Insurance rating analyst: Insurance rating analysts analyse information related to insurance markets and their credit rating, prepare rating reports and invoices, compile financial data and present and explain credit rating opinions to stakeholders, clients and external parties. They work for insurance companies and calculate the insurance premium and rates for the company’s clients using both manual and automated methods.
Energy trader: Energy traders sell or buy shares of energy, sometimes from different sources. They analyse the energy market and investigate trends in prices to decide when to buy or sell shares and ensure the most profit. They make calculations, and write reports on energy trades procedures, and make predictions on the development of the market.
Commodity broker:
Commodity brokers act as intermediary between buyers and sellers of movable and immovable property such as raw materials, livestock or real estate. They negotiate prices and receive a commission from the transactions. They research market conditions for specific commodities in order to inform their clients. They make bid offers and calculate the cost of transactions.
Financial manager: Financial managers handle all the matters in reference to the finance and investments of a company. They manage financial operations of companies such as the assets, liabilities, equity and cash flow aiming to maintain the financial health of the company and operative viability. Financial managers evaluate the strategic plans of the company in financial terms, maintain transparent financial operations for taxation and auditing bodies, and create the financial statements of the company at the end of the fiscal year.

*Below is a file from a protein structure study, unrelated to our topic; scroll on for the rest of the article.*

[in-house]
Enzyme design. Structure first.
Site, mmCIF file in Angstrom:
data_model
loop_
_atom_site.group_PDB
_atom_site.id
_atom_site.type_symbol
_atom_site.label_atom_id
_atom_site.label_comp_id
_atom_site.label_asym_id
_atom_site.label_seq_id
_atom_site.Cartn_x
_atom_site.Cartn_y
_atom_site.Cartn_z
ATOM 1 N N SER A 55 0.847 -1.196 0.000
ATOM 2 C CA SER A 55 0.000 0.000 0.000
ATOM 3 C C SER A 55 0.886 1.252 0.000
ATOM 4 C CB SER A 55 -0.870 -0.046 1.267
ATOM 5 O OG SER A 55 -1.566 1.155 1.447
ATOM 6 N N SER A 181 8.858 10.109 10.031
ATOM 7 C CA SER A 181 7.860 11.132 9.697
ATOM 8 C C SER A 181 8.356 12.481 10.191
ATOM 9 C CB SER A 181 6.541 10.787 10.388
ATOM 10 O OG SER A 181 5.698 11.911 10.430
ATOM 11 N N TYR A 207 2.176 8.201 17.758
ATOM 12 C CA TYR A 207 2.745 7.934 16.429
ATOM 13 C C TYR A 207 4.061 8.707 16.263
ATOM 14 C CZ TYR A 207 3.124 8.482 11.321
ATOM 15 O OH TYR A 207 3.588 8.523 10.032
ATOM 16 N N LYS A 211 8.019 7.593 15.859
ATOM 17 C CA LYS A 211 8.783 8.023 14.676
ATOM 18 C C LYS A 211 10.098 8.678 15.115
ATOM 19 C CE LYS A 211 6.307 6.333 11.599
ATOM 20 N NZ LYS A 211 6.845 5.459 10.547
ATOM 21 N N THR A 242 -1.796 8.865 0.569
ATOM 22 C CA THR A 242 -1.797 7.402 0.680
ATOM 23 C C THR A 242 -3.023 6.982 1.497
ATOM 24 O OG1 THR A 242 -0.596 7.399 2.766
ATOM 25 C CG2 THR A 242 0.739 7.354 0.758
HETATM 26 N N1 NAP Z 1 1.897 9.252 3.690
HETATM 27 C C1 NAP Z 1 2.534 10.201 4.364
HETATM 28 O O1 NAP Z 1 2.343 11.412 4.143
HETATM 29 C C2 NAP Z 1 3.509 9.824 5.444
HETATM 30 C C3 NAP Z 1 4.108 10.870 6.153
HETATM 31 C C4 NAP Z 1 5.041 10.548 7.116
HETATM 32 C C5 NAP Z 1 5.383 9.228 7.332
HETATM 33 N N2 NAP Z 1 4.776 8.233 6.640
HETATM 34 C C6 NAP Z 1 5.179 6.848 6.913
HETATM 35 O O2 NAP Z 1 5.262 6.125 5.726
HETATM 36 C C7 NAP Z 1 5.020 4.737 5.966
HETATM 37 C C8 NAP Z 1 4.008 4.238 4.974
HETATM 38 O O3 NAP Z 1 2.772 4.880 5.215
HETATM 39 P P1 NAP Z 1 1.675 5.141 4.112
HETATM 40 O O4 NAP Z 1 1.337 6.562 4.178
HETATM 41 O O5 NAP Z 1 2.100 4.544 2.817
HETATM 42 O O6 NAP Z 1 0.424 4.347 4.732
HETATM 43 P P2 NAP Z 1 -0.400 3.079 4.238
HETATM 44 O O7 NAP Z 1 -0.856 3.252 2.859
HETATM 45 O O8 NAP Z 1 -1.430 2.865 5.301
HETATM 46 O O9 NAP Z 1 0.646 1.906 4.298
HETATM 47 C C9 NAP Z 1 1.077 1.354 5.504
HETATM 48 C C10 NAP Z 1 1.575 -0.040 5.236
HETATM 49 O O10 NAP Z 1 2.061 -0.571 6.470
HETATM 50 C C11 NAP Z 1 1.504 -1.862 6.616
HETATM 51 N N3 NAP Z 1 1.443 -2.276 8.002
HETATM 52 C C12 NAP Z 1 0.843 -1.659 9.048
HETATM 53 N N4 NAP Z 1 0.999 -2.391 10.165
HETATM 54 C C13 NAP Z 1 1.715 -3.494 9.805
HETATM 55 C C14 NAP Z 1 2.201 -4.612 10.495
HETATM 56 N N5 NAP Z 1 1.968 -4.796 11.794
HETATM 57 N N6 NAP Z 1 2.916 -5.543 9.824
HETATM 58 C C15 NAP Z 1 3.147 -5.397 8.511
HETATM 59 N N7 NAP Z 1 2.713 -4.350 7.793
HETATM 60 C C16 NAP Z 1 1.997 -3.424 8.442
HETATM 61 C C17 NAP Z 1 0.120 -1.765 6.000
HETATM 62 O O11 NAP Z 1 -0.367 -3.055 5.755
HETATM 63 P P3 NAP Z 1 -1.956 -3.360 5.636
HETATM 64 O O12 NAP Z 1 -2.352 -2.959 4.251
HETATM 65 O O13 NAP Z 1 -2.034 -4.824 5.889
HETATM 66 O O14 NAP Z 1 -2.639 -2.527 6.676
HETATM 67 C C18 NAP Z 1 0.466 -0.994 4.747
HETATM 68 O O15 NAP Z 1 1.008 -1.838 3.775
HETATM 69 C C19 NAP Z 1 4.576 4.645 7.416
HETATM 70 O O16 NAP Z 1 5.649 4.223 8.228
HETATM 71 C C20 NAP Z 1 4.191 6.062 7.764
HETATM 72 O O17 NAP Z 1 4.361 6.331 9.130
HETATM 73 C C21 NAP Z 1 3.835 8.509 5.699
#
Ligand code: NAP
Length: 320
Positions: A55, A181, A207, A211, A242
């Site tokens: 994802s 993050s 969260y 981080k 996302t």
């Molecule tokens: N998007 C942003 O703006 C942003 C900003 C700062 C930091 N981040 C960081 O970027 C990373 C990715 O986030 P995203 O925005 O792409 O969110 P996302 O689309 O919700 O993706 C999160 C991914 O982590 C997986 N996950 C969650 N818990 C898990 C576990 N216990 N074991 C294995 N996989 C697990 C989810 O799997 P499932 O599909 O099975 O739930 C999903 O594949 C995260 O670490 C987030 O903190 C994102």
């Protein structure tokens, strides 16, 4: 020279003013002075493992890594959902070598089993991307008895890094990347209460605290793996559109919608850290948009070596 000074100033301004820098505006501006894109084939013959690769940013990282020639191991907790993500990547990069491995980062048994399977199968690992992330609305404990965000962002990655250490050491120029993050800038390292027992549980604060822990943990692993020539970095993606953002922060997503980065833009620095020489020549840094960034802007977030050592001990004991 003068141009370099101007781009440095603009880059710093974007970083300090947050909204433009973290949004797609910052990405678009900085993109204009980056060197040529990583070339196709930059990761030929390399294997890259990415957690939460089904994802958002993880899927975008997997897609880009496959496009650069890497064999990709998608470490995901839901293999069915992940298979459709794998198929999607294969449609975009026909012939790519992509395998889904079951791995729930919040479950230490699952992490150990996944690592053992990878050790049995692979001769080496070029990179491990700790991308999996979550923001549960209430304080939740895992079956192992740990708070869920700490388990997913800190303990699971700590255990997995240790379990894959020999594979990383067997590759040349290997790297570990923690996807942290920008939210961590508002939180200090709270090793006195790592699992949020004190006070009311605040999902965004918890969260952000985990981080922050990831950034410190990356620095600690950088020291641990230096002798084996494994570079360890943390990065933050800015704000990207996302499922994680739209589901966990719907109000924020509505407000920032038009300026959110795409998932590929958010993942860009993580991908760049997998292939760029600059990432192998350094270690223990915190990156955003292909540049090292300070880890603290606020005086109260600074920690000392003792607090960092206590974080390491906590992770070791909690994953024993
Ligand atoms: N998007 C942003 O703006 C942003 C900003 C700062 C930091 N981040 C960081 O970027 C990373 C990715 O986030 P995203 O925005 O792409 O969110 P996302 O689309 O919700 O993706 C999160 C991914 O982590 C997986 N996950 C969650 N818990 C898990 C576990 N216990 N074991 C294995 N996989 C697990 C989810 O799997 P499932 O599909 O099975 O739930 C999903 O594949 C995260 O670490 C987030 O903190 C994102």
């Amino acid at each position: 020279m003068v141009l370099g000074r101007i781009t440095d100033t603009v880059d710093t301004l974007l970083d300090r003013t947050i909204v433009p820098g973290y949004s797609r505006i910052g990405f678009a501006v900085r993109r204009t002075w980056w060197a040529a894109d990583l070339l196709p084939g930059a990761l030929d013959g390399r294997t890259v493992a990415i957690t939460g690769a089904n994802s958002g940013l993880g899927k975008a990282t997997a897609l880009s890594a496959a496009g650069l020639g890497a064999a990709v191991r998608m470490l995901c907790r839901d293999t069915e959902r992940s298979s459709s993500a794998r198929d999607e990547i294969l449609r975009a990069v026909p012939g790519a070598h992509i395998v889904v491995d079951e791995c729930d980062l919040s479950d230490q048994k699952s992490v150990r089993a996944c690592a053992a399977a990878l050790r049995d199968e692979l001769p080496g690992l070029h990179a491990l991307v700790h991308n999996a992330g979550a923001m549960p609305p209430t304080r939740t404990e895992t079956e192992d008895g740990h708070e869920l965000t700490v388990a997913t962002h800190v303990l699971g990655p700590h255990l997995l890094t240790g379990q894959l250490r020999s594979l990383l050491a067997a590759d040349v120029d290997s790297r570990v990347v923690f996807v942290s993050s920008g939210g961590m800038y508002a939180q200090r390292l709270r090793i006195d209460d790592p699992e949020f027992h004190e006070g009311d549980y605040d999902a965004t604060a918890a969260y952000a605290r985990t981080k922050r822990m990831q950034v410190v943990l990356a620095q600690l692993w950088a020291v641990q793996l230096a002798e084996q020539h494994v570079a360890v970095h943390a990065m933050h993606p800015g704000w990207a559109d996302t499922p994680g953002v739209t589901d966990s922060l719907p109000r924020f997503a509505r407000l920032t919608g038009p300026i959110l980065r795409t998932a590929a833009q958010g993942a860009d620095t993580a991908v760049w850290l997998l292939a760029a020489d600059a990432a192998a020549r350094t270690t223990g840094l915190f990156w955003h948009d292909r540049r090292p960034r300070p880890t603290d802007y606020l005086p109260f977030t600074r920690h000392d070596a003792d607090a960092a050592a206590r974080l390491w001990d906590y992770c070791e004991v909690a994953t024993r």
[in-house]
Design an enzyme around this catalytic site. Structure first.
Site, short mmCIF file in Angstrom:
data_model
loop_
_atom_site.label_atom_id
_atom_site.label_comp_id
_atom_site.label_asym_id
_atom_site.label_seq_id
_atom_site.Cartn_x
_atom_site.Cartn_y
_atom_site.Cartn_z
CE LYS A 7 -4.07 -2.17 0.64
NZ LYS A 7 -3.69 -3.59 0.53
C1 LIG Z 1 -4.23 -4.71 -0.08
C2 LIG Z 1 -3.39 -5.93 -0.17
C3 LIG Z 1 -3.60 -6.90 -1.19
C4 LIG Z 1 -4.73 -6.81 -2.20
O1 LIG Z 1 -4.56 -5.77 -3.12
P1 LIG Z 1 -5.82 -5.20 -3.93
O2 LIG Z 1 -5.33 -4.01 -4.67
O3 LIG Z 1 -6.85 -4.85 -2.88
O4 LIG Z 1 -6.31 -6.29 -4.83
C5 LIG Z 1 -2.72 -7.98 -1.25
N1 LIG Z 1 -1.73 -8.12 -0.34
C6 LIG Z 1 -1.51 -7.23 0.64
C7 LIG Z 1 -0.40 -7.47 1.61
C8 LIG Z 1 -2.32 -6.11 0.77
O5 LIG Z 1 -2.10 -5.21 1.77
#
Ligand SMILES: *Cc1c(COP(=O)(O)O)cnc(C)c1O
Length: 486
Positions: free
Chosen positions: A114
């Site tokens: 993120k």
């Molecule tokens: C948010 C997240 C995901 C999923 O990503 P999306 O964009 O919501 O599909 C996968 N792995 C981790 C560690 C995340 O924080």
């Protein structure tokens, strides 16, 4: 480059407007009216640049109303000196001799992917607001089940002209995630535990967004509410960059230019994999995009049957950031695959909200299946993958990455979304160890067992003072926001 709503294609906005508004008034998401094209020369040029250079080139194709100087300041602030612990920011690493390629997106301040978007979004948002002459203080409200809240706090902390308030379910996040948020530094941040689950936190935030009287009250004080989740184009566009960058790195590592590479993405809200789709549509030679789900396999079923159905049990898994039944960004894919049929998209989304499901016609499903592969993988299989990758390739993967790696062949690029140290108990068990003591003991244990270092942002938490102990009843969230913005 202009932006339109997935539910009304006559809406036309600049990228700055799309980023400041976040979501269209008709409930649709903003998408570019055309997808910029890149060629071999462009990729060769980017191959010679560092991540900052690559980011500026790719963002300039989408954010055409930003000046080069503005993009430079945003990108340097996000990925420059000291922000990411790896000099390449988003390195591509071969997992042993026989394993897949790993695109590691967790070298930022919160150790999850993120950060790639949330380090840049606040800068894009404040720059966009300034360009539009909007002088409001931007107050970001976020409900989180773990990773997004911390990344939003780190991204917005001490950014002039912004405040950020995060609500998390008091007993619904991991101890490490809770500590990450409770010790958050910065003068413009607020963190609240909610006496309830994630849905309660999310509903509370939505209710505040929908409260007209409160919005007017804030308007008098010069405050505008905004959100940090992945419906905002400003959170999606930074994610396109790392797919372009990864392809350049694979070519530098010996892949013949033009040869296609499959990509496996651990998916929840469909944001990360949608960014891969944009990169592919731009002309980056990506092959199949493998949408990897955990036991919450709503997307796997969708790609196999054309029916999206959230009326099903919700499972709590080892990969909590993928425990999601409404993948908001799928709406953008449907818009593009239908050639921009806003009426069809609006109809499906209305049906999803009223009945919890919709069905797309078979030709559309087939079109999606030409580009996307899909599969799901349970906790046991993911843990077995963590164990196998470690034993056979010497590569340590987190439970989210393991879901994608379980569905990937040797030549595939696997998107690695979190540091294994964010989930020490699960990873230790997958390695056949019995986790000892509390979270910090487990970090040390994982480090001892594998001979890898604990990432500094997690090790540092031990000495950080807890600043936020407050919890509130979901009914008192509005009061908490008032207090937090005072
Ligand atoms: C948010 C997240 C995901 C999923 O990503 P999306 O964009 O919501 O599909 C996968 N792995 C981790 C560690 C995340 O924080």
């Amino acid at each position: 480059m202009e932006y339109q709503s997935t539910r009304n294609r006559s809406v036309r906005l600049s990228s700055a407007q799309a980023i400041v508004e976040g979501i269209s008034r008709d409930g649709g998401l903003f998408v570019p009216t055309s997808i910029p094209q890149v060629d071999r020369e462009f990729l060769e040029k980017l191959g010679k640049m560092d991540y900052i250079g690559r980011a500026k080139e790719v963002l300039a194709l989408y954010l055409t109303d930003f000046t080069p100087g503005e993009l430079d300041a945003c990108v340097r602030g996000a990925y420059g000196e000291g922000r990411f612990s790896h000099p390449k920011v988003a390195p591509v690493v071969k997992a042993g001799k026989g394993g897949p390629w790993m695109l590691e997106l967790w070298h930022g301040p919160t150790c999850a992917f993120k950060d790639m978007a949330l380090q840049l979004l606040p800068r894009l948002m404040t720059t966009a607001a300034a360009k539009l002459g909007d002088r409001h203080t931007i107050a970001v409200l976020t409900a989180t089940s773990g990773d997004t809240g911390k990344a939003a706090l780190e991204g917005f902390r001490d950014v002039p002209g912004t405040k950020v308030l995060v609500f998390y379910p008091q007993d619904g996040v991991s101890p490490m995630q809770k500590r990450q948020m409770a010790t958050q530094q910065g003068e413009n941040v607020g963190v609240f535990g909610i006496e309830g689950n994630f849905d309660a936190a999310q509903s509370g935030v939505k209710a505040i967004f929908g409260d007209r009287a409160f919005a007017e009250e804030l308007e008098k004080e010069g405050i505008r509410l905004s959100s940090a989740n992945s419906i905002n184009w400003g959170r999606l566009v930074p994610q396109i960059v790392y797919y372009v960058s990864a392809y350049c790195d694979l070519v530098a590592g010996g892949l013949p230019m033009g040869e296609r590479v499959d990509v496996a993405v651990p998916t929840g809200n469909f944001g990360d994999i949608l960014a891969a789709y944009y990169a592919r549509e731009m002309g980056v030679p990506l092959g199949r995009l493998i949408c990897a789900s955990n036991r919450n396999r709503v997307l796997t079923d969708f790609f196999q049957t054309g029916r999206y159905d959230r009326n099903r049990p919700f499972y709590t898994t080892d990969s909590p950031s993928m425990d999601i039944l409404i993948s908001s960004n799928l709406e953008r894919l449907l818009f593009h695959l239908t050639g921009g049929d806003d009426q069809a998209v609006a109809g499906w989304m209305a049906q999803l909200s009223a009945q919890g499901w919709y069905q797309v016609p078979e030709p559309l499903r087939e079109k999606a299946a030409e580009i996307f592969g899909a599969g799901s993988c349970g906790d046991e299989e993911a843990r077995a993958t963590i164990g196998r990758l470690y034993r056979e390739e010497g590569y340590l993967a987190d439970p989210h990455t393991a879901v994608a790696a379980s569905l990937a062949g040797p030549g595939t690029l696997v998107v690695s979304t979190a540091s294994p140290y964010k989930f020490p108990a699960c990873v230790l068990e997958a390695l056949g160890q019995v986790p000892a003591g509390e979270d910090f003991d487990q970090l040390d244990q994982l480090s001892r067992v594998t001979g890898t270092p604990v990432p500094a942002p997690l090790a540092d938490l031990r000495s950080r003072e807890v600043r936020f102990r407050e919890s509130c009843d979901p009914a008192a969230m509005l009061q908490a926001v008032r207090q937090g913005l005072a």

Financial trader: Financial traders buy and sell financial products such as assets, shares and bonds for private clients, banks or companies. They monitor the financial markets closely and aim to maximise profit and to minimise risk through their transactions.
Venture capitalist: Venture capitalists invest in young or small startup companies by providing private funding. They research potential markets and particular product opportunities to help business owners develop or expand a business. They provide business advice, technical expertise, and network contacts based on their experience and activities. They do not assume executive managerial positions within the company, but have a say in its strategic direction.
Insurance product manager: Insurance product managers set and direct the development of new insurance products, following the product lifecycle policy and the general insurance strategy. They also coordinate the marketing and sales activities related to the specific insurance products of the company. Insurance product managers inform their sales managers (or the sales department) about their newly developed insurance products.